The defendants filed a motion to stay discovery until the district court ruled upon its motion to dismiss pursuant to 35 U.S.C. § 101. In their motion to stay, Defendants asserted that its motion to stay discovery should be granted because it is a dispositive motion to dismiss that is likely to be granted, which would render any discovery conducted unnecessary and wasteful.
Plaintiff argued in opposition to the motion to stay that the Defendant’s motion to dismiss is not likely to be granted and also that the parties previously agreed that no Rule 12 motion concerning the pleadings would delay the commencement or conducting of discovery. Plaintiff also argued that it has incurred significant expenses in the litigation and that a stay of discovery would be prejudicial and harmful.
The district court explained that courts have broad power to stay discovery, but such stays are generally disfavored “because when discovery is delayed or prolonged it can create case management problems which impede the Court’s responsibility to expedite discovery and cause unnecessary litigation expenses and problems.” Feldman v. Flood, 176 F.R.D. 651, 652 (M.D. Fla. 1997) (citations and internal quotation marks omitted). As such, “the moving party bears the burden of showing good cause and reasonableness.” Id. A movant may show good cause and reasonableness when a preliminary issue that may be dispositive of the case is presently before the Court. See id. In this situation, the Court “must balance the harm produced by a delay in discovery against the possibility that the motion will be granted and entirely eliminate the need for such discovery.” Id. The Court should “take a preliminary peek at the merits of the allegedly dispositive motion to see if on its face there appears to be an immediate and clear possibility that it will be granted.” Id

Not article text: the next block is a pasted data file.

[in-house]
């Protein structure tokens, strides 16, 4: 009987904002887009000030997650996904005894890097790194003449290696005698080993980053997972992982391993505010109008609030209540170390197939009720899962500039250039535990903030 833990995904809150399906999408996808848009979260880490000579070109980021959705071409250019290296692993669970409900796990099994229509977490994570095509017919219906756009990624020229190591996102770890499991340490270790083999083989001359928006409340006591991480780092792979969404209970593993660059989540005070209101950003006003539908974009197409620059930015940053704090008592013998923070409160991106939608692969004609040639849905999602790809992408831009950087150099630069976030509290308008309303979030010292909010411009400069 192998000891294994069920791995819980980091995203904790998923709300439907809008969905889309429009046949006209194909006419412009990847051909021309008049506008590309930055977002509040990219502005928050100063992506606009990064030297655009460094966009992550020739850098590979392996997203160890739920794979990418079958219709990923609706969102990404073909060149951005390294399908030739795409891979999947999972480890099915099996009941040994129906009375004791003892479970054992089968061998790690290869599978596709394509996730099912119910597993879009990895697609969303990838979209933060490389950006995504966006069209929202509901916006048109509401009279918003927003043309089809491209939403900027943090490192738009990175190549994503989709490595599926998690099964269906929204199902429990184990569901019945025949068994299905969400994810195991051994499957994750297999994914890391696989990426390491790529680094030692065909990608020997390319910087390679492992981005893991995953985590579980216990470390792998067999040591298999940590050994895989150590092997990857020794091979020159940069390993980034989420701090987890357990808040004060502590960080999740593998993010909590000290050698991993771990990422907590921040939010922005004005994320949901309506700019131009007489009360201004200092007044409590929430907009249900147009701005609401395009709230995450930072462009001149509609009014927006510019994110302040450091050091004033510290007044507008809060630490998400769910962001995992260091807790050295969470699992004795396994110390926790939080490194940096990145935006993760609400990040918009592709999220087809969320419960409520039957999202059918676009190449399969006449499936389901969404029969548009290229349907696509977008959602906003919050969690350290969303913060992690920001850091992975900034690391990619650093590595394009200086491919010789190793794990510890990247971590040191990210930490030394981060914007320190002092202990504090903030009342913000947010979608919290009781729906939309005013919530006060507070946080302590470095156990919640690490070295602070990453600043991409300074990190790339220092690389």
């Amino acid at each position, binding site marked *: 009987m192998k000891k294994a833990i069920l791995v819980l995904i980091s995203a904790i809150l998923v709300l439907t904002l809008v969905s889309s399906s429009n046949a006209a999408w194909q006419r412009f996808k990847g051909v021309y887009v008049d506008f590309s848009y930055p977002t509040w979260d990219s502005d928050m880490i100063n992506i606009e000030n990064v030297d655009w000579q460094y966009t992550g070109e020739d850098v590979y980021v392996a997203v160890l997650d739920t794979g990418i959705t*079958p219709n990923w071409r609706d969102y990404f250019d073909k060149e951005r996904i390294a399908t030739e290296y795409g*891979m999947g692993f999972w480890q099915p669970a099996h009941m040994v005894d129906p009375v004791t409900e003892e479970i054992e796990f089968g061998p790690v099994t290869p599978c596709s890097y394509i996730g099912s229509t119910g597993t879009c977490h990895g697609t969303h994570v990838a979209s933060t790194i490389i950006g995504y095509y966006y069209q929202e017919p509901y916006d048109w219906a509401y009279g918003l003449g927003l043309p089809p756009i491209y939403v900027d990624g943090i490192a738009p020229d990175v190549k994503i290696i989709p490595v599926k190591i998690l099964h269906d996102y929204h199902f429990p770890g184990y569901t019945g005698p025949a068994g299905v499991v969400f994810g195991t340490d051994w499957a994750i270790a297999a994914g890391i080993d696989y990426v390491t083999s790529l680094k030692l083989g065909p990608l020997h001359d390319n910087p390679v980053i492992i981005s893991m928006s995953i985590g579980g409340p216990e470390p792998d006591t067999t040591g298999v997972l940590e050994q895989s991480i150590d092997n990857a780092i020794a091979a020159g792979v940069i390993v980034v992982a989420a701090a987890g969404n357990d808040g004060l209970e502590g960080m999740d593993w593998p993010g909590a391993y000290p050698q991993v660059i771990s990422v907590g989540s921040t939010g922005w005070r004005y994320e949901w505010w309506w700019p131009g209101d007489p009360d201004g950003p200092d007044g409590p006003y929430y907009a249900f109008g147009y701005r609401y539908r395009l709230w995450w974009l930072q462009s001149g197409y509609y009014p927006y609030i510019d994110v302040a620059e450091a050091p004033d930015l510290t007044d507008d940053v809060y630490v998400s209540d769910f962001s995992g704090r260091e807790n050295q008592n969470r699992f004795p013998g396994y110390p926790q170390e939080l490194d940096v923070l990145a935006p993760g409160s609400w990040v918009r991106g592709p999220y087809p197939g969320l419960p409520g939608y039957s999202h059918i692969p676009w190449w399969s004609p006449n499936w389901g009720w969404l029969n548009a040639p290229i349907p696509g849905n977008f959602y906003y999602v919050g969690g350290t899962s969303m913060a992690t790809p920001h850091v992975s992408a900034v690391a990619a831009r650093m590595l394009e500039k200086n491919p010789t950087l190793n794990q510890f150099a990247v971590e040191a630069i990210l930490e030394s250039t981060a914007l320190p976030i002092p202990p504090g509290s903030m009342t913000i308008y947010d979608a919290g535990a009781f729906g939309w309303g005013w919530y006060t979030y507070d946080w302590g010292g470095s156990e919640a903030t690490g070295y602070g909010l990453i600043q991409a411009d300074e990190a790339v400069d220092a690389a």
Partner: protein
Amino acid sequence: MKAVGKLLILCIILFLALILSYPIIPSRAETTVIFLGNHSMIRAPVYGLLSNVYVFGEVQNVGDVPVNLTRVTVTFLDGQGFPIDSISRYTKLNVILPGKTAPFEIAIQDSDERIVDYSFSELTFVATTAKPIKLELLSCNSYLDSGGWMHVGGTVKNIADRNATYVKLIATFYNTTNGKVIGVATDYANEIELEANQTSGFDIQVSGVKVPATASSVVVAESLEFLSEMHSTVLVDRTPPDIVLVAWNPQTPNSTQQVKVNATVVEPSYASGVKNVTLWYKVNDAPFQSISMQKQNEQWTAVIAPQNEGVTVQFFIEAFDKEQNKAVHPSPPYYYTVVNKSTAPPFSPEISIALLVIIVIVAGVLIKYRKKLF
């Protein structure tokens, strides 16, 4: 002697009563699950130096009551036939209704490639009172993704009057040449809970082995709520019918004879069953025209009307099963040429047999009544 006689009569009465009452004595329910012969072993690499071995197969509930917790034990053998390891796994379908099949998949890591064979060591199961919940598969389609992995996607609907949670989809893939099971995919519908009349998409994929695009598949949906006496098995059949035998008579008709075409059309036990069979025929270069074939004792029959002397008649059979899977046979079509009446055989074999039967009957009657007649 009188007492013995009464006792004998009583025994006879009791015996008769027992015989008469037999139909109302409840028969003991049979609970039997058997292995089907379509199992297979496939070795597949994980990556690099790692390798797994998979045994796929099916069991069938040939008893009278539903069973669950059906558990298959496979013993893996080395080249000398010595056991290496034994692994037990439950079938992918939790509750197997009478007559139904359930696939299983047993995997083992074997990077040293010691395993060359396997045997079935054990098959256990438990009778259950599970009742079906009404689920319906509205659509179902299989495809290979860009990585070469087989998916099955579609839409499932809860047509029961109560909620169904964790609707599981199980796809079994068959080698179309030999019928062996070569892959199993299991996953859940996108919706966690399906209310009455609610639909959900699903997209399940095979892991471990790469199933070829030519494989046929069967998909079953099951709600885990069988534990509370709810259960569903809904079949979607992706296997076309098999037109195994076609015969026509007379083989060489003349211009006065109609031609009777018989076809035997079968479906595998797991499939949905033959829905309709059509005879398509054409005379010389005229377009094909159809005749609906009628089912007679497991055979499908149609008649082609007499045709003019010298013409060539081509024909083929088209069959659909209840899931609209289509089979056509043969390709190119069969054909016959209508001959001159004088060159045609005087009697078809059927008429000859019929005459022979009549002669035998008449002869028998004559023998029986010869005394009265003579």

Based on this standard, the district court denied the motion. “While it is unprofessional for Defendant’s counsel to breach an agreement regarding the commencement or conducting of discovery in this case, the Court will not deny Defendant’s motion on this basis alone. Rather, it will also deny Defendant’s motion because, having taken a peek at the merits of Defendant’s motion to dismiss, the Court does not believe that there is an immediate and clear possibility that it will be granted. Further, Plaintiff has described how a stay of discovery, even briefly, would cause it prejudice and harm. Defendant has not met its burden of demonstrating good cause in order to stay discovery in this case.”
Aatrix Software, Inc. v. Green Shades Software, Inc., Case No. 3:15-cv-164-HES-MCR (M.D. Fla. Sept. 2015)
The authors of www.PatentLawyerBlog.com are patent trial lawyers at Jeffer Mangels Butler & Mitchell LLP. For more information about this case, contact Stan Gibson at 310.201.3548 or SGibson@jmbm.com.